The food and drink industry is a core element of the UK manufacturing economy, representing over 15% of manufacturing turnover and employment. The beverage category, in particular, has been spearheading the growth in the sector, largely thanks to the
growing trend for craft beer.
From 2010 to 2017, the number of businesses manufacturing beverages has grown significantly, from 1,155 to 2,270 – that's a massive 97% increase!
In summer 2015, there were 1,431 microbreweries in Britain, up from 1,092 two years earlier. According to the UK government, a new microbrewery has been opening in Britain "every other day". To a large extent, this steep rise in the number of microbreweries has been driven by a shift in Britain's drinking culture.
It’s quickly become fashionable, particularly for millennials, to drink craft beer sourced locally and entrepreneurs have responded by ensuring that demand is catered for.
Craft cider is also proving popular, with manufacturers moving away from traditional concoctions using apples, instead experimenting with different types of fruits. This has resulted in a greater variety for consumers to choose from.
The foundation of new small-batch gin distilleries has also mirrored the growth in microbreweries at a lower level, along with an upturn in production of premium mixers, such as tonic water.
There has been even greater growth in the City of Westminster, where businesses producing beverages have increased by 400%
The non-alcoholic beverage sector has also benefited from growing demand for healthier drinks, like smoothies, juices and waters, as well as low-calorie and low-sugar drinks.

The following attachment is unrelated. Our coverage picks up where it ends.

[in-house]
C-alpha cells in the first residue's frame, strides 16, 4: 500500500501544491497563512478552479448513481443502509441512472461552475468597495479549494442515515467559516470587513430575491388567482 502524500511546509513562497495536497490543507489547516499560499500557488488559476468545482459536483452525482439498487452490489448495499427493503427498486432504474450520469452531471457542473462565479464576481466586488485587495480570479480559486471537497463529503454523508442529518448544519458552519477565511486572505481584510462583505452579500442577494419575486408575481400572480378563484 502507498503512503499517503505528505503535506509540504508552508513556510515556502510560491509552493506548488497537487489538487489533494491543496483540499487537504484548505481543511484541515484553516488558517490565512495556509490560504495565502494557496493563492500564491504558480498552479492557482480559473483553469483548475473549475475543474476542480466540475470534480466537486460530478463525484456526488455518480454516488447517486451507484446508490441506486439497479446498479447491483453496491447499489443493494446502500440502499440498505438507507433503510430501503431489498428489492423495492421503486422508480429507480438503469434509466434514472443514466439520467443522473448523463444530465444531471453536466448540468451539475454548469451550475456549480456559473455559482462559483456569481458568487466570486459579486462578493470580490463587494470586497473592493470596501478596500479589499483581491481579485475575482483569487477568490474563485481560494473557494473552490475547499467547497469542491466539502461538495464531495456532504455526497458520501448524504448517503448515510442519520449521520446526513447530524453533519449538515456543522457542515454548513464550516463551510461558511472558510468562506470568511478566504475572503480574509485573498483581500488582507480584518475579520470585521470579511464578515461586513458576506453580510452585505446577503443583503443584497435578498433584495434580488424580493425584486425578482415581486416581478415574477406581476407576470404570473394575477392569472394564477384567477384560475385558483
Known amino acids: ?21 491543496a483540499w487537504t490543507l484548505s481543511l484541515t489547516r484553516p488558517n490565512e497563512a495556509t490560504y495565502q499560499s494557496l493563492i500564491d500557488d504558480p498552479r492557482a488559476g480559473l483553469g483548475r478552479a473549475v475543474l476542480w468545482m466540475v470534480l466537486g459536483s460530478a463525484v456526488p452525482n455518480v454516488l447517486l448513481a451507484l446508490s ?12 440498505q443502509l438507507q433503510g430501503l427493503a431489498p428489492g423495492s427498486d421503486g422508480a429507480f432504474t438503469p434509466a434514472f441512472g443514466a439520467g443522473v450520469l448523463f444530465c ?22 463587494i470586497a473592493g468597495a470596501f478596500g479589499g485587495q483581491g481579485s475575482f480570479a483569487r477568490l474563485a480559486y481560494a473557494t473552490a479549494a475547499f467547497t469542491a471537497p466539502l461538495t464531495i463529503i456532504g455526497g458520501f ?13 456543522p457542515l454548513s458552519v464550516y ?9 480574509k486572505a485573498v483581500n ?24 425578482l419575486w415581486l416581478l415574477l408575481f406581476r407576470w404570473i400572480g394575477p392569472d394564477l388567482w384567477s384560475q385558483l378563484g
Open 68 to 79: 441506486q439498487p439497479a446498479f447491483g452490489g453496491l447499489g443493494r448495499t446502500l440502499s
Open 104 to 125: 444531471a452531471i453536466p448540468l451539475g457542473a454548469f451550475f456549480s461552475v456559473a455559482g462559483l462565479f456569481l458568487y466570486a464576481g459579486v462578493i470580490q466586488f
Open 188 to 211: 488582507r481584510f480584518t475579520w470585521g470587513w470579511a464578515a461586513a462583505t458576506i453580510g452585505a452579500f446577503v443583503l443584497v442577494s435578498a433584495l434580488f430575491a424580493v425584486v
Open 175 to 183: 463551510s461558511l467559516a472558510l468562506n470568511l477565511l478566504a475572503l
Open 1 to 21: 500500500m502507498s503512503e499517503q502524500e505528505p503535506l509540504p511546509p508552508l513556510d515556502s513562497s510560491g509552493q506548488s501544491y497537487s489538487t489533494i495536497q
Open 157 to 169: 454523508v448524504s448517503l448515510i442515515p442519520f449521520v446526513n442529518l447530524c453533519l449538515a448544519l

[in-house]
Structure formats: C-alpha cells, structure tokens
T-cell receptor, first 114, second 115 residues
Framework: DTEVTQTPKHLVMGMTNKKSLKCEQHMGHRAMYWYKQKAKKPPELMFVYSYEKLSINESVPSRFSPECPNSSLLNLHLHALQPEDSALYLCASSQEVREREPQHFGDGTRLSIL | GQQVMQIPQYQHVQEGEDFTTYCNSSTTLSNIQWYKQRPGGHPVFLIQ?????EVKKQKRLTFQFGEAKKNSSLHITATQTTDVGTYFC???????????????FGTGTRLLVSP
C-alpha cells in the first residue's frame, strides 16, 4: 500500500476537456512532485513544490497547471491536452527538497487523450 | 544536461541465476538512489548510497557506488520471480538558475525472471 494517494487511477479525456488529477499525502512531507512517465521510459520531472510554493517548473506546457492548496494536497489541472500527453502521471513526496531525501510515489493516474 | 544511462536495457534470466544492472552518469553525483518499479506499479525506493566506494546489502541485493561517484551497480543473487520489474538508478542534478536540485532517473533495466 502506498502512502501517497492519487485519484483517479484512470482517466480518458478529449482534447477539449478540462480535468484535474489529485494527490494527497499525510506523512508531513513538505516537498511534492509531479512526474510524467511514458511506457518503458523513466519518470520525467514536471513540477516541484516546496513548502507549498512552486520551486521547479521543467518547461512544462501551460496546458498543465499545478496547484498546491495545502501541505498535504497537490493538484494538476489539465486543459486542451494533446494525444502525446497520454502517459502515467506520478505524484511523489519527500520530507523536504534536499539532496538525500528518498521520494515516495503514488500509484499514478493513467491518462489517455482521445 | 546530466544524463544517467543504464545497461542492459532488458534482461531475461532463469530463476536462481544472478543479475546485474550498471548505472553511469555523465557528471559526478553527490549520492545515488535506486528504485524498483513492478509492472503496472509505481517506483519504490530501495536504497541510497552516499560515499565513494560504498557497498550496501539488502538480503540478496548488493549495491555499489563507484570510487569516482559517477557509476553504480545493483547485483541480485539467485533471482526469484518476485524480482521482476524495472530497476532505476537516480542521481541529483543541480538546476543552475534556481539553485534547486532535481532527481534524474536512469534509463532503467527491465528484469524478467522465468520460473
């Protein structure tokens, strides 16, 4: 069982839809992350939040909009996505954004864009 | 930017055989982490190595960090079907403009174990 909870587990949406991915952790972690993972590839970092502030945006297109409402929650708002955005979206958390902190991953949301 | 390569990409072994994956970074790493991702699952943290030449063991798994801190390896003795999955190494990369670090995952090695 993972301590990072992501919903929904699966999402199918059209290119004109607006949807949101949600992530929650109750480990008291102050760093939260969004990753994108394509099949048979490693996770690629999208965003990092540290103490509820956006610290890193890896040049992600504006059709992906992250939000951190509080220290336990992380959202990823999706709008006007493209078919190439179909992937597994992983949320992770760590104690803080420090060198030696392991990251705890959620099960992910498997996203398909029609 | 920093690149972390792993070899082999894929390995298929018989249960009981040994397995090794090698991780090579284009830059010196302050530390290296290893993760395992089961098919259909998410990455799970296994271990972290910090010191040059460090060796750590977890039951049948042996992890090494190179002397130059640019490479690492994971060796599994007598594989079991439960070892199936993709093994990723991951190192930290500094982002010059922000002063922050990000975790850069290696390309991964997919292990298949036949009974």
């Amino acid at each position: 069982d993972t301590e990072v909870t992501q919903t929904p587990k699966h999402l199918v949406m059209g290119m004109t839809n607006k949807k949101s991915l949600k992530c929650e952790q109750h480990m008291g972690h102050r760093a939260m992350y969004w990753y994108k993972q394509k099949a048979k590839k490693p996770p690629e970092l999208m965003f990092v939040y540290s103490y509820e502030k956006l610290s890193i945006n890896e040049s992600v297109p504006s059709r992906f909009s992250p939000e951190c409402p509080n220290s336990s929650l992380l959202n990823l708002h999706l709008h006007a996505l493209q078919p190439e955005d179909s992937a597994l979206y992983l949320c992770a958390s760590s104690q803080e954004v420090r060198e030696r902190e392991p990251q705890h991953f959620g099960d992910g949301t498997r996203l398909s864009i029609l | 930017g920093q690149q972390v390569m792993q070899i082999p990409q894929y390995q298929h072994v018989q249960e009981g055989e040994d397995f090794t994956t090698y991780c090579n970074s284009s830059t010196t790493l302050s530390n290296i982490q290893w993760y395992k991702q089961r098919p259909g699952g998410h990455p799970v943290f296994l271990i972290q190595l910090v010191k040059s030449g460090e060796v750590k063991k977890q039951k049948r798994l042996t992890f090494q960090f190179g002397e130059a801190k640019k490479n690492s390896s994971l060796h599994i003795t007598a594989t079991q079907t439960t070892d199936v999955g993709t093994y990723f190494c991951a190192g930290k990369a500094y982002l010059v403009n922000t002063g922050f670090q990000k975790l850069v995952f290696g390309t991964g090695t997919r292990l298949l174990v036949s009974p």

Looking at specific regions of the UK, London leads the way in beverage manufacturing businesses, with numbers increasing by 382%. In the south London borough of Wandsworth alone, numbers have grown by 300% – this can partly be attributed to its seven notable breweries, including Belleville Brewing Co., which produces US-style craft beer.
There has been even greater growth in the City of Westminster, where businesses producing beverages have increased by 400%. One of its most well-known areas, the West End, is renowned for its nightlife – particularly Soho. It's quite fitting, then, that the area is home to the company that created 'The King of Soho' gin, which was designed to celebrate Soho's vibrant spirit.
It's not just the capital that has seen success in beverage production: Winemaking has really taken off in the South East in recent years, with an increasing number of vineyards popping up in places like Winchester and Wealden, which have both seen beverage manufacturing businesses grow by 200%.
In the North East, the city of Newcastle upon Tyne has seen numerous breweries opening, which has contributed to a 200% increase in beverage manufacturing businesses. This has been reflected throughout the North East overall, where there's been a slightly slower – but still very impressive – growth of 133%.
What does the future hold?
Going forward, automation holds great potential to boost productivity in the beverage manufacturing sector, especially with the developments in robotics and artificial intelligence.
There is also a growing trend towards craft soft drinks aimed at the adult market, including sodas, colas and ginger beers.
For further information on the sourced references for the Business Trends data, outside of the Business Population Estimates 2017 and Nomis official labour market statistics 2010 and 2017, please download the information here (PDF, 233MB)